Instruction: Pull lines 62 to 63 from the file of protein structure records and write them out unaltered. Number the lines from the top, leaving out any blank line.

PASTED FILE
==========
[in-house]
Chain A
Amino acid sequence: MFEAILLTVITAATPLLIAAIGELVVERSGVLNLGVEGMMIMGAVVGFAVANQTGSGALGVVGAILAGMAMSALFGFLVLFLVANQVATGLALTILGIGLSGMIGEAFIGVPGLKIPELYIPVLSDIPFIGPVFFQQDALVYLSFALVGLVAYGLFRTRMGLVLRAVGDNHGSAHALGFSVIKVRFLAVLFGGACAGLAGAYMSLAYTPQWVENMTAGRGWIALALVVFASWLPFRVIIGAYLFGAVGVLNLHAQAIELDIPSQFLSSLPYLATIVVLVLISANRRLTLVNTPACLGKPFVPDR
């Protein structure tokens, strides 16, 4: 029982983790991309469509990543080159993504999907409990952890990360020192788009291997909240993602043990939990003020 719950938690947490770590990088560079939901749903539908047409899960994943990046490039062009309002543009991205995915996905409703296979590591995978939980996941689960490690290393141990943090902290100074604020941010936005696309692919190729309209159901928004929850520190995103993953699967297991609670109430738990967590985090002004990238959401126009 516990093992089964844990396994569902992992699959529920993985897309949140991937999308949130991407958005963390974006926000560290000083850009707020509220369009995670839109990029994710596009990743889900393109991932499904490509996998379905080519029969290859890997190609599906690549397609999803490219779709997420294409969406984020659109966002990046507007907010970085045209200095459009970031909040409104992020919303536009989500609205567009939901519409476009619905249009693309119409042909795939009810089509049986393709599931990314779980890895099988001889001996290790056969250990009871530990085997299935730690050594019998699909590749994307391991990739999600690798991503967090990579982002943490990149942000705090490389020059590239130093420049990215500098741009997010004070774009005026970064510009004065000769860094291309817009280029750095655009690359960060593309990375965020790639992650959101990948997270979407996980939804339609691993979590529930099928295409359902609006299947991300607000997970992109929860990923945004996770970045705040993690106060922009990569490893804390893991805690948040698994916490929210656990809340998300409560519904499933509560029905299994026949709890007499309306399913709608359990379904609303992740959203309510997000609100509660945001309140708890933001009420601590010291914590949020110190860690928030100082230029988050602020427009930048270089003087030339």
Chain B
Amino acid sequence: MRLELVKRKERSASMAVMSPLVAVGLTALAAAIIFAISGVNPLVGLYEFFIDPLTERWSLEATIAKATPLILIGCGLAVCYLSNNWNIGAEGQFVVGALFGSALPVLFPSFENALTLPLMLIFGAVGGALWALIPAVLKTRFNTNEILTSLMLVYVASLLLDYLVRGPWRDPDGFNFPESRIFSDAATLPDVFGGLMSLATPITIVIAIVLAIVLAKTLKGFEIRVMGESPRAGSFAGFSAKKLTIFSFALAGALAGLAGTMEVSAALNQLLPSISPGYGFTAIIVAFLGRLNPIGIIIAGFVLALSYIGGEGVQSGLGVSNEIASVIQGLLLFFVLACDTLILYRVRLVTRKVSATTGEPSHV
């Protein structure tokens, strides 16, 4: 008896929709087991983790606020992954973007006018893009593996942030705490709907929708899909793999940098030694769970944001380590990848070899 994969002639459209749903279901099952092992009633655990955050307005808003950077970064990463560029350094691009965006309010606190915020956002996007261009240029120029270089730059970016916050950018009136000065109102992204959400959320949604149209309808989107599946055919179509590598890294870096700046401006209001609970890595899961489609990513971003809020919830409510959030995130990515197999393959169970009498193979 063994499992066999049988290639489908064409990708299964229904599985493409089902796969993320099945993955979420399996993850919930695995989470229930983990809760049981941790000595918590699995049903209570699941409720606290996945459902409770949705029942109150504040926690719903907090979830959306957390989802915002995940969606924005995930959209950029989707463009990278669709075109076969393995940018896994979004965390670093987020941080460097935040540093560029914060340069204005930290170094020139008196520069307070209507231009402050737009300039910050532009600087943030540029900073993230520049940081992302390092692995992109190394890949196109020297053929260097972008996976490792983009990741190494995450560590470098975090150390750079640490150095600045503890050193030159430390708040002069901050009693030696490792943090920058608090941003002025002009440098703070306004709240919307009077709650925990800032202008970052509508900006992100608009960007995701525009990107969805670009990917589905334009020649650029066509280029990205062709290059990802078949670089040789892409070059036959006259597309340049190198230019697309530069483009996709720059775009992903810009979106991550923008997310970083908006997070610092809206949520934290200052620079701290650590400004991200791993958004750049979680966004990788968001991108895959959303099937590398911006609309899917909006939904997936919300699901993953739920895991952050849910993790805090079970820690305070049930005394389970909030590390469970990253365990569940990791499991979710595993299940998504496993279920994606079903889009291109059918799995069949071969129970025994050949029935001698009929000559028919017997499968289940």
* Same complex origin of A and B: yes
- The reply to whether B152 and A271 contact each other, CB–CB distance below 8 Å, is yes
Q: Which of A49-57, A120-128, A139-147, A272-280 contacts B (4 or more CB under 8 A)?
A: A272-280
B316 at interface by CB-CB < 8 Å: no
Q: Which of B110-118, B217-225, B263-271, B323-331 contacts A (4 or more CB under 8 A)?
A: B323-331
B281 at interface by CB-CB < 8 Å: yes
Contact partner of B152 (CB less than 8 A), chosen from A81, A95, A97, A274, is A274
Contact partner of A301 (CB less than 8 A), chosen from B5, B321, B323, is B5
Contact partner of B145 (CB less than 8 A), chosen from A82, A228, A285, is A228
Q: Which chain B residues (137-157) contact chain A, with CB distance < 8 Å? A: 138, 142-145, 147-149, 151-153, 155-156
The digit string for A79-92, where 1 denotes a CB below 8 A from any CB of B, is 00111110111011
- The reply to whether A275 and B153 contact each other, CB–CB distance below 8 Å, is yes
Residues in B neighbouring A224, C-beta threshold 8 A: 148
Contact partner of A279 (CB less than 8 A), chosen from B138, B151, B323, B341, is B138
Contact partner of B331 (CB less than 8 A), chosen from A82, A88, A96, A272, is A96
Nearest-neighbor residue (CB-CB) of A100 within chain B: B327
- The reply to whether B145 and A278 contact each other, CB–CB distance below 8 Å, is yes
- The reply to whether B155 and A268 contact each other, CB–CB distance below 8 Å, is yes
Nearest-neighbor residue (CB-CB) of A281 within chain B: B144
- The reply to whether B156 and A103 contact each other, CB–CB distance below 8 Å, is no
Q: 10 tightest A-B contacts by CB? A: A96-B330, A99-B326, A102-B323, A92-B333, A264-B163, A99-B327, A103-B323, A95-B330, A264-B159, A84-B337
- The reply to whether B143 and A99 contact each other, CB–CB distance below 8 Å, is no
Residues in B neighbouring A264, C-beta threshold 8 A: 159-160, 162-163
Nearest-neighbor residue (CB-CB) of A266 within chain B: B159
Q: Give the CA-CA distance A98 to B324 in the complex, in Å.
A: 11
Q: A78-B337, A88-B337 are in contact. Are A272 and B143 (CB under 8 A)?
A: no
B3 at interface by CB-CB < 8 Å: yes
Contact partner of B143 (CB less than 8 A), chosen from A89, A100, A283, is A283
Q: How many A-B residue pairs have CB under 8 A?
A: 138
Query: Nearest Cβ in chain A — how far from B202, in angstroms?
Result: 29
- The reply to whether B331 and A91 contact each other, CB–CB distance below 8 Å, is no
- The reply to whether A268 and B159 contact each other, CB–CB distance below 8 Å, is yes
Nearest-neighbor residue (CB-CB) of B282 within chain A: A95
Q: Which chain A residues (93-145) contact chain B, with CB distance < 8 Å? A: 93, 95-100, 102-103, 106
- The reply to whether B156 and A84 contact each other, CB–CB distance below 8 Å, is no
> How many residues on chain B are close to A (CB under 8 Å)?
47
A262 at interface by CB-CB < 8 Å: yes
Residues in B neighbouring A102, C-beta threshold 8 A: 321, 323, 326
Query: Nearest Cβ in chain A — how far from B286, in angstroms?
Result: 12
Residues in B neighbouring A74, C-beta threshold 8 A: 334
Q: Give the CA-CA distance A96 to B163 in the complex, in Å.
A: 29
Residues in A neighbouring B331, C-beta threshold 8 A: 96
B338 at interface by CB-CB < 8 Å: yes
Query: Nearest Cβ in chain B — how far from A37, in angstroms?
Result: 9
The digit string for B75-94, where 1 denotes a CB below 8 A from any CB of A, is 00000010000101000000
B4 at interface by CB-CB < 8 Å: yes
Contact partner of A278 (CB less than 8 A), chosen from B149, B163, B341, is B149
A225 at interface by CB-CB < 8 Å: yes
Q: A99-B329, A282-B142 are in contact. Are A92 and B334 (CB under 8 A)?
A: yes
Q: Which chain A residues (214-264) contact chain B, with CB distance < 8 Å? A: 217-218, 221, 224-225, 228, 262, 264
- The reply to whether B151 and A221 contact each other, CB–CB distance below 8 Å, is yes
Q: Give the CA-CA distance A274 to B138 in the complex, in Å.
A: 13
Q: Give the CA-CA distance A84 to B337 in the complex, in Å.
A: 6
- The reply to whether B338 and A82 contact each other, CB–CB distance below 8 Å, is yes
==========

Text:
The digit string for B75-94, where 1 denotes a CB below 8 A from any CB of A, is 00000010000101000000
B4 at interface by CB-CB < 8 Å: yes